“That our opponents want to deflect and obscure that whole conversation is telling,” he continued, “because we have a tremendous story of adverse economic impact as a result of failed policies. When they tried to protect the fish, they took our water away and they made the supply unreliable. ‘Just a huge failure and they don’t want to address it; they don’t want to deal with it. The same agencies are fixated with their false confidence or their false certainty, their false precision, in terms of how to help the fish.”
Peltier explained the regulators failed to deliver all of the 5% allocation [née water delivery reduced by 95%] to growers in the federal water districts south of the Delta. “It’s nonsense,” he reiterated, that part of the insufficient 5% was never delivered this season. “It’s avoidance of the reality that the regulators have constricted the heck out of the water projects and made it so—even in wet years, and like this year, a normal to wet year—we’ve got huge amounts of land out of production,” Peltier said, adding that almond growers in the federal water districts are not getting a late, post-harvest irrigation, which can hurt next year’s production.
¹Inscription on the James Farley Post Office in New York City
California Ag Today staff interviewed Ryan Jacobsen, CEO and executive director of the Fresno County Farm Bureau moments after the Bureau of Reclamation announced only 5 percent of contracted water would be allocated to Federal surface water users south of the Sacramento Delta during this El Niño year.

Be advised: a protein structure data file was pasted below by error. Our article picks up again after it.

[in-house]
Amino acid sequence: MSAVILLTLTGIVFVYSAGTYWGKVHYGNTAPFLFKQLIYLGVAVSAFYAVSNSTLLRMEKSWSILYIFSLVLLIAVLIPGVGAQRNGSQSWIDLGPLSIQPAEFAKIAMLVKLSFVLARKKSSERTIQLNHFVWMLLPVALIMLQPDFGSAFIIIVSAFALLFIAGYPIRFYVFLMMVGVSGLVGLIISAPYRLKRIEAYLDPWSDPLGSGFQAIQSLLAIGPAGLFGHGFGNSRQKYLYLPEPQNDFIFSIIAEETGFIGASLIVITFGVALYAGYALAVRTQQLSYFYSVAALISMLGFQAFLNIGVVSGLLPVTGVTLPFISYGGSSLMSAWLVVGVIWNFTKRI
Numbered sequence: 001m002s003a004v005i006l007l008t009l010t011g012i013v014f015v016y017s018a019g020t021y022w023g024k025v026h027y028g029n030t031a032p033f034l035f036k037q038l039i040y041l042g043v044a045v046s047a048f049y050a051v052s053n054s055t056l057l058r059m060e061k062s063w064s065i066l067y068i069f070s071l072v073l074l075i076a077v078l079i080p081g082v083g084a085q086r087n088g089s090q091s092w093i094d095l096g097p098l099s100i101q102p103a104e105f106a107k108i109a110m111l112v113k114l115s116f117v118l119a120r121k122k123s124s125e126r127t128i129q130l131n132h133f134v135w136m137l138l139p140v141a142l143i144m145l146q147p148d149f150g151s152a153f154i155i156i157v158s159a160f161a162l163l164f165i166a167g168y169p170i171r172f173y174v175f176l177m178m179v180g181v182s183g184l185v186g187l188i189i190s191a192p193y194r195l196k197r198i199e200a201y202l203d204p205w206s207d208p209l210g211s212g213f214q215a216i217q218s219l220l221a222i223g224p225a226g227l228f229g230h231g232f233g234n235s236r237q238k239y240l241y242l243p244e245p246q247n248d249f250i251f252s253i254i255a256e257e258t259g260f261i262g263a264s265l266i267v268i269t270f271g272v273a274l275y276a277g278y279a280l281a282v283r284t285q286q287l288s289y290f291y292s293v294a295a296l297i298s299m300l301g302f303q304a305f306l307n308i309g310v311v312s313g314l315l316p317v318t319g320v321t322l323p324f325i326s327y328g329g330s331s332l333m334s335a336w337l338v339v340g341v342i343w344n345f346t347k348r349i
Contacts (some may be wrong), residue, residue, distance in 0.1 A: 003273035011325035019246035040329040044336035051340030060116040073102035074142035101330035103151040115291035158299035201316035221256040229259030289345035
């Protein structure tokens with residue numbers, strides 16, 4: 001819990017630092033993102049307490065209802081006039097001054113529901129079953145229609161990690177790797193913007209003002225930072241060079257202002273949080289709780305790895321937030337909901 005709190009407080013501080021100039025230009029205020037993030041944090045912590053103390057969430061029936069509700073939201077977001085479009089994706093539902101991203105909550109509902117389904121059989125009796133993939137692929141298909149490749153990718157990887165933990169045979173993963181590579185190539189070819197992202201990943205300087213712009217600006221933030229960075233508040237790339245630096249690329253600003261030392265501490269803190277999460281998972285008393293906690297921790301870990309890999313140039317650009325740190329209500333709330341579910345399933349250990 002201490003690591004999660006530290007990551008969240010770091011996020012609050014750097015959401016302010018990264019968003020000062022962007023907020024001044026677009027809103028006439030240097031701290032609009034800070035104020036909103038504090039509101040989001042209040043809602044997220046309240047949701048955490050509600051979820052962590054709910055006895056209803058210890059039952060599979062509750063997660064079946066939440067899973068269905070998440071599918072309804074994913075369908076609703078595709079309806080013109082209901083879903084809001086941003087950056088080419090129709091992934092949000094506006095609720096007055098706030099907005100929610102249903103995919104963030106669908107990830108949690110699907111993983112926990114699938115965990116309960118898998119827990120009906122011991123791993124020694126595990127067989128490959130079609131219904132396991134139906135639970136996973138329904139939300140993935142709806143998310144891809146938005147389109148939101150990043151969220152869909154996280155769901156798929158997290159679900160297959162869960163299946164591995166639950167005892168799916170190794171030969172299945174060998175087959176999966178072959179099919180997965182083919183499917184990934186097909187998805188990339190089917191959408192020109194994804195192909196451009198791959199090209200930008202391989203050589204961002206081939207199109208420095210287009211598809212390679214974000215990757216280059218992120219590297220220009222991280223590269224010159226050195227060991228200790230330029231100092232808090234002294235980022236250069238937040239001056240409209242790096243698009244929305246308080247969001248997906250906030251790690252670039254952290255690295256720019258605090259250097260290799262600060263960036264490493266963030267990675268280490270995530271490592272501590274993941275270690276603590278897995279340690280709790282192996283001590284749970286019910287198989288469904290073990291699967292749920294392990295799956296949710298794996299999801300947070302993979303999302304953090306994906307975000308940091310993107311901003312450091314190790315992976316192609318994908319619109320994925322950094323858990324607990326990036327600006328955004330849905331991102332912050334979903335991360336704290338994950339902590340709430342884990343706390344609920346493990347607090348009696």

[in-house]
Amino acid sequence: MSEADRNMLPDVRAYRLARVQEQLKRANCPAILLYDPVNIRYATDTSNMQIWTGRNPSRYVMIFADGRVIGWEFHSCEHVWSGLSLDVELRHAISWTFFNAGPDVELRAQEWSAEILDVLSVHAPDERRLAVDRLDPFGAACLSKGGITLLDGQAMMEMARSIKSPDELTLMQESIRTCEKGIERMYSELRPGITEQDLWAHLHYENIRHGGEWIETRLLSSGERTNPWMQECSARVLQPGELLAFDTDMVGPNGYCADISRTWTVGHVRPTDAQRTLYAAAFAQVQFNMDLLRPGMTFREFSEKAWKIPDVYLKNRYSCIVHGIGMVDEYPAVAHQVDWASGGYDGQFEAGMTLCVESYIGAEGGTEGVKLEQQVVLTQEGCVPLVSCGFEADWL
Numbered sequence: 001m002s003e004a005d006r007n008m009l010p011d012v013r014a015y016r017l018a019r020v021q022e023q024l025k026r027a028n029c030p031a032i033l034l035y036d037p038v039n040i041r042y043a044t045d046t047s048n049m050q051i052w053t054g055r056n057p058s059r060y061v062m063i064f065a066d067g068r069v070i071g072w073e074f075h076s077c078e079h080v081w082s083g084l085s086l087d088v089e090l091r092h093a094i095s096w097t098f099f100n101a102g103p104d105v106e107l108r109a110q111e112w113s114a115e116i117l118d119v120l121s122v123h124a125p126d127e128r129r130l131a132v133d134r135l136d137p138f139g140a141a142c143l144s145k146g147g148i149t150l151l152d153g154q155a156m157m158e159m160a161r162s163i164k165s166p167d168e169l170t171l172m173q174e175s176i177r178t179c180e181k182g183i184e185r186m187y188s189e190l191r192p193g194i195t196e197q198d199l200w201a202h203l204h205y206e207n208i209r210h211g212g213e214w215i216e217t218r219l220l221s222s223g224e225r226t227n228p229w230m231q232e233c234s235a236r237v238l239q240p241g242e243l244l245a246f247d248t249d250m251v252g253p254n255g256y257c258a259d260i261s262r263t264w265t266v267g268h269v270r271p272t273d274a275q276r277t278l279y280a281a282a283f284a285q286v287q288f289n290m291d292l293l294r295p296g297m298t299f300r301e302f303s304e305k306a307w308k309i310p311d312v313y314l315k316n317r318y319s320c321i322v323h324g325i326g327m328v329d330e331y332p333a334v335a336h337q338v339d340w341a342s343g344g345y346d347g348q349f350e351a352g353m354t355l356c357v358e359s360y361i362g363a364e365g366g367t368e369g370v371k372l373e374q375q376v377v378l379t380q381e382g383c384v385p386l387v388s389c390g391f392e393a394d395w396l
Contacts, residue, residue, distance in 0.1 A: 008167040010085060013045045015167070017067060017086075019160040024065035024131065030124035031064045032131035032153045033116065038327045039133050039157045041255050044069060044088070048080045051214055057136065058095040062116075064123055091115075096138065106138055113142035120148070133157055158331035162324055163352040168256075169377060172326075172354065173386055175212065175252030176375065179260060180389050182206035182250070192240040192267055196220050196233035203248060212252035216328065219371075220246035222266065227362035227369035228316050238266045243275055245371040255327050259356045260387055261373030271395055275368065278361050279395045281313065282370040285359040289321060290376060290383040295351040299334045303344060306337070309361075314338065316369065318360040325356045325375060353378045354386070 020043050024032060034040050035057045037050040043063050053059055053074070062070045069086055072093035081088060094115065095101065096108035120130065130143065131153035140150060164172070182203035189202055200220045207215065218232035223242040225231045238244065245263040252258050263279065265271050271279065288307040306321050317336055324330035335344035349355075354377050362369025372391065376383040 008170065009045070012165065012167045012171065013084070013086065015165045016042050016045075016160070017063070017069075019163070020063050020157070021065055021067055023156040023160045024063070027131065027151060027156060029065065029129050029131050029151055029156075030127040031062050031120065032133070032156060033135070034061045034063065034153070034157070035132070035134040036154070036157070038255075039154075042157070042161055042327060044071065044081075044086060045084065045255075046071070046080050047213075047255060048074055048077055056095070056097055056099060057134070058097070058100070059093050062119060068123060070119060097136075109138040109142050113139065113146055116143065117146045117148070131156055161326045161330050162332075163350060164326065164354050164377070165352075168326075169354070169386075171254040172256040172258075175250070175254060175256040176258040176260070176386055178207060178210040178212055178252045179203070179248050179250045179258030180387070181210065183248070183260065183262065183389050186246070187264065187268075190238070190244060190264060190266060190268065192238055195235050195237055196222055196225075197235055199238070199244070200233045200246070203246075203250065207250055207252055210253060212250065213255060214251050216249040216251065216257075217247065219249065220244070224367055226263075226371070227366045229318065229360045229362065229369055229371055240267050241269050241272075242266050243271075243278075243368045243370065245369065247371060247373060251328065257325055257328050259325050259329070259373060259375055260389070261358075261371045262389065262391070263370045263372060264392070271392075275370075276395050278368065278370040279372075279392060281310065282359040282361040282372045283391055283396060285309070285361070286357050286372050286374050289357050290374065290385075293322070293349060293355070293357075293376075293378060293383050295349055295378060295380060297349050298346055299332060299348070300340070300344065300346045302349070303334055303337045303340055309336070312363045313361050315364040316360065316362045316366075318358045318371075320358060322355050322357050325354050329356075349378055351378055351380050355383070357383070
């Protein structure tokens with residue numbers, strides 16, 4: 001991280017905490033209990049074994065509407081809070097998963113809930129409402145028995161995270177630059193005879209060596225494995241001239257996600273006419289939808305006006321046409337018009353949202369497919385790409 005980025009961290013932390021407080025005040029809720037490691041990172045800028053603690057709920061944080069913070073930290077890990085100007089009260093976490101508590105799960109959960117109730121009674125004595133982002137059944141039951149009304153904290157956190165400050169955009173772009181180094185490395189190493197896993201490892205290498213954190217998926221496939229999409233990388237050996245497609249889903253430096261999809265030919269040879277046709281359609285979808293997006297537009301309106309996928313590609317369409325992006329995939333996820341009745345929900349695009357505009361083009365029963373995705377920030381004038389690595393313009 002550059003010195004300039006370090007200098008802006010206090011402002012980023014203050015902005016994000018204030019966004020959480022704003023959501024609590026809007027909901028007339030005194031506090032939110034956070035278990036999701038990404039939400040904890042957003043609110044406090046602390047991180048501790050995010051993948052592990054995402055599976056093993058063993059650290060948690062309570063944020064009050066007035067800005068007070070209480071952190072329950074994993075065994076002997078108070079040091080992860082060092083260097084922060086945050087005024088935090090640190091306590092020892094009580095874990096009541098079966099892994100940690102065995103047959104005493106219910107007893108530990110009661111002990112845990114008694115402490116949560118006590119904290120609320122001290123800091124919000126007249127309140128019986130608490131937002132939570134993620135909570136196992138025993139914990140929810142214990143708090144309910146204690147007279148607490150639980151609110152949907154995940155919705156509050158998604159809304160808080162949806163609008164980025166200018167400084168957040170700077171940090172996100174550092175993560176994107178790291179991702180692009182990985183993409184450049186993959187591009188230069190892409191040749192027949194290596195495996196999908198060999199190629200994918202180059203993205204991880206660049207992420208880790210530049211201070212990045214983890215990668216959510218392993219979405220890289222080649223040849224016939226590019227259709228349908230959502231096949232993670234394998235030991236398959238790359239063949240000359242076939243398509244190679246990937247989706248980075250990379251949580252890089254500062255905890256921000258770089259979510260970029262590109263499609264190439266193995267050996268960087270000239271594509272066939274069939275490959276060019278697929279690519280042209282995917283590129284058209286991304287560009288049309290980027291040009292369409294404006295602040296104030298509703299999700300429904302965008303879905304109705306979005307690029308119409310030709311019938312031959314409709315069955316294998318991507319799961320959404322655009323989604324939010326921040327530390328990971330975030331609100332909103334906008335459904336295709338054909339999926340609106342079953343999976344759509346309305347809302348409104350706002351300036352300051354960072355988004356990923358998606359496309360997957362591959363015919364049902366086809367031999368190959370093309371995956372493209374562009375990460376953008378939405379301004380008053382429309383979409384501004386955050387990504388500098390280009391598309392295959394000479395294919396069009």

California Ag Today: Forget how you feel about the Bureau of Reclamation’s initial 5 percent allocation for Federal water users. How many times can we say, “Frustrated?”
Jacobsen: Absolutely just despicable—the announcement we heard earlier today. The frustration is that we’ve continually been told over the last couple of years with zero percent water allocations that it’s been Mother Nature.
Even though it’s not necessarily the big bang year we were hoping for in northern California, Mother Nature provided. We’ve seen the reservoirs overflowing. We’ve seen the reservoirs flood-releasing, and here we are with a five percent allocation. We saw outflows in the delta this winter that exceeded the 300,000 acre/feet a day, and yet we weren’t doing anything to capture it. So, it’s just frustration, frustration, frustration that here we are—more of the same—and what does this mean long-term for California agriculture? We can’t be viable without a surface water supply, and when Mother Nature provides, unfortunately the federal government’s not trying to collect it.